Wed, May

Former FIFA Vice President, Jack Warner

FORMER FIFA vice-president Austin Jack Warner says he has no doubt that the “nightmare” brought upon him by the United States government, which accused him of bribery, money laundering and other fraud-related crimes during his time as an executive of football’s governing body, is now over.

His comment came following a ruling in the United States Supreme Court last week Friday in which the court held that prosecutors in the US overreached their boundaries when they applied laws of the United States to groups of people, many of them being foreign nationals, who allegedly defrauded FIFA, another foreign organisation, with its headquarters based in Switzerland.

“My lawyers have told me that my nightmare is over and I have every reason to believe what they have said. They are now working to pursue the matter further to see what redress I am entitled to. They have told me that my nightmare is over because the Supreme Court is not a court that you can appeal against. It is the final court in the US,” Warner said yesterday.

He was speaking during an interview on radio station i95.5FM, with sports commentator Andre Baptiste.

The radio station is a member of One Caribbean Media (OCM), which also includes the Express and CCN TV6.

The New York Times reported on January 27 that the Supreme Court last year limited a law that was key to the FIFA case. Last September, a federal judge, citing that law, threw out the convictions of two defendants linked to football corruption.

Now, several former football officials at FIFA, including some who paid millions of dollars in penalties and served time in prison, are arguing that the bribery schemes for which they were convicted are no longer considered a crime in the United States.

They are now seeking to have all their fines repaid, and also be compensated for the time they were made to spend in prison.

Overstepping boundaries

During the interview with Baptiste yesterday, Warner said he always knew that the US government was over-stepping its boundaries.

“I am in full agreement with the Supreme Court matter. I always knew that the US was wrong to attack and destroy FIFA and destroy people’s lives and so on just because they did not get a World Cup venue. It is utterly ridiculous for people to be imprisoned and to be charged being a member of a private organisation as FIFA and to be charged by the US government for what they did or did not do to stay in FIFA.

“I always knew that was an overreach, (an) overkill and I think the Supreme Court has justified what my thoughts have been in the matter,” said Warner.

Warner is currently facing extradition proceedings in this country to be sent to the United States to face the criminal charges he allegedly committed.

The proceedings are expected to come up for hearing sometime later this month in the Port of Spain Eighth Magistrates’ Court.

However, given the ruling of the US Supreme Court, the extradition warrant that was issued by the US government in 2015 may be discontinued.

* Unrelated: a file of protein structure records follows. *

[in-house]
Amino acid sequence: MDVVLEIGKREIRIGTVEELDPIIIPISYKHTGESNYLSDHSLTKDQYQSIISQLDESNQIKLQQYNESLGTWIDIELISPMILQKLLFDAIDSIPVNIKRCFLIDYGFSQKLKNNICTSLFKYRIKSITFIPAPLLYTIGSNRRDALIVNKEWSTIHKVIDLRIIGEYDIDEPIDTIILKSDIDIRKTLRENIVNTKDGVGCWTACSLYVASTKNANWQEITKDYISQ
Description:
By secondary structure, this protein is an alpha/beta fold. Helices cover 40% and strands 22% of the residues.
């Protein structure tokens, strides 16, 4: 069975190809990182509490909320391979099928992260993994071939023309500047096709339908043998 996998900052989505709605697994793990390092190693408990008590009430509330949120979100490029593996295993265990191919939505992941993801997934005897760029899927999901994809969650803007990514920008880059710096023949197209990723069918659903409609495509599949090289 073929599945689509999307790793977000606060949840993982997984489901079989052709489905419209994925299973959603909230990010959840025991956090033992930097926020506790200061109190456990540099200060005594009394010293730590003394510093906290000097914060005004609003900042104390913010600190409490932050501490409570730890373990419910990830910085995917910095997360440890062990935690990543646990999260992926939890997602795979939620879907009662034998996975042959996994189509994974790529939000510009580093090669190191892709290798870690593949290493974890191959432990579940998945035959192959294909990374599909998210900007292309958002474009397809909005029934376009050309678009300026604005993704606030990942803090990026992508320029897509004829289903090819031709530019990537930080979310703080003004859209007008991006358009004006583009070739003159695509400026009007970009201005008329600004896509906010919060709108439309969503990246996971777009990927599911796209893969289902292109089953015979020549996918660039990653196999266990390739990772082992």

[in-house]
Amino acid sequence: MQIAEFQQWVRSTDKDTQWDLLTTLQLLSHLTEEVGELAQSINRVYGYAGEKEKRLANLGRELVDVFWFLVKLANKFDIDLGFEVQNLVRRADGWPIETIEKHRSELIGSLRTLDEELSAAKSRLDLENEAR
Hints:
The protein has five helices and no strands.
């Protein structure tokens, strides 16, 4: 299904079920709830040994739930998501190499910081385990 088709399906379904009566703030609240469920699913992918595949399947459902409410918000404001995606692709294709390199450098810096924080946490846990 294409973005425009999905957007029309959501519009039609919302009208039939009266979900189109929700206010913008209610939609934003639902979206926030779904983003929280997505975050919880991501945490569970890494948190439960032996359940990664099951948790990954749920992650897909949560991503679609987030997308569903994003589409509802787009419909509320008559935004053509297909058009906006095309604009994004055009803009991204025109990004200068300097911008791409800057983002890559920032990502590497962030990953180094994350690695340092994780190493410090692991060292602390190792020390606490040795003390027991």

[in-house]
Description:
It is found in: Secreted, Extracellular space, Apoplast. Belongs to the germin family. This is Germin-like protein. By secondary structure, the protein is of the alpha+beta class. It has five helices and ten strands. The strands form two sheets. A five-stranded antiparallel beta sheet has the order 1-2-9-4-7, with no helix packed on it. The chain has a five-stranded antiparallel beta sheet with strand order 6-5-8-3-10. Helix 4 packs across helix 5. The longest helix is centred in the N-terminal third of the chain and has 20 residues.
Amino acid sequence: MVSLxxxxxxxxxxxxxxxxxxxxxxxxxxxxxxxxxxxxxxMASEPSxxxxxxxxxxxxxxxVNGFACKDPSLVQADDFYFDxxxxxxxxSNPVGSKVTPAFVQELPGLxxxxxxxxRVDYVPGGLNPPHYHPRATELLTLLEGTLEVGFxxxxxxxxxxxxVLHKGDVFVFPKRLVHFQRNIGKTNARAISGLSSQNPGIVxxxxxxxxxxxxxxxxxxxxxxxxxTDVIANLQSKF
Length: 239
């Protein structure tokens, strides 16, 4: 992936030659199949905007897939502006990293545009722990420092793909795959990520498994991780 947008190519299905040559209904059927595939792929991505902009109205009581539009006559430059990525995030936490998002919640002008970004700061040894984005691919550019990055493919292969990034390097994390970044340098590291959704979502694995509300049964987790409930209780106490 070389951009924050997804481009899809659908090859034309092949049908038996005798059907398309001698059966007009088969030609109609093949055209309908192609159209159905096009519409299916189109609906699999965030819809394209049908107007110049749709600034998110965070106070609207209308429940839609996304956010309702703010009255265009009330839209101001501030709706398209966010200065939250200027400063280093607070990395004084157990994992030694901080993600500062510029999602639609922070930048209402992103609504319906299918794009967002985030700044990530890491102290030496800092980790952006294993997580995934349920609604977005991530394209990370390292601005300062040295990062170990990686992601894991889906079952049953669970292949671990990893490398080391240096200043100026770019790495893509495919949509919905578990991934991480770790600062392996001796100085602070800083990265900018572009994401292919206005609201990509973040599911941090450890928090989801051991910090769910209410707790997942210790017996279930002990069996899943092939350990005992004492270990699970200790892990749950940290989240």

“I am feeling relieved. My life has been destroyed, my family’s life has been destroyed and I have spent tonnes of money on this matter. All I did was to tell FIFA that it is time to change the paradigm of giving the World Cup to Europe and South America. I said to them, ‘just go to the Middle East’.

“It is this that has caused me to be where I am today. The irony is that people in the Middle East, thanks to my efforts and others, Qatar (which hosted the World Cup in 2022) has produced one of the best World Cups this world has ever seen. So, I feel vindicated in a sense for what I have done, but the price that I have paid for that is overbearing,” said Warner.

He added that another issue he wanted to raise was the millions of dollars of taxpayers’ funds the State had spent paying attorneys to have him extradited to the United States.

“The US government wants to have me extradited to the US, then the US should engage lawyers here and spend their own money and not taxpayers’ money of which part is mine.

“Here you have a government of Trinidad and Tobago spending taxpayers’ money to try to get a citizen of Trinidad and Tobago sent to the US.”

Warner said his attorneys had sent a Freedom of Information (FOI) request to the Office of the Attorney General to determine exactly how much funds had been dispensed to attorneys up to the date of the request to have him extradited.

The State, he said, only provided some of the information.

It revealed that at least $7.5 million had been spent.

“They said they could not release the rest of information. That has forced us to take the AG to court and we have engaged the AG in the matter because we feel that a full revelation must be made to the people of this country of what the Government has spent on a trial to get its citizen extradited to another country,” said Warner.

SOURCE: T&T Express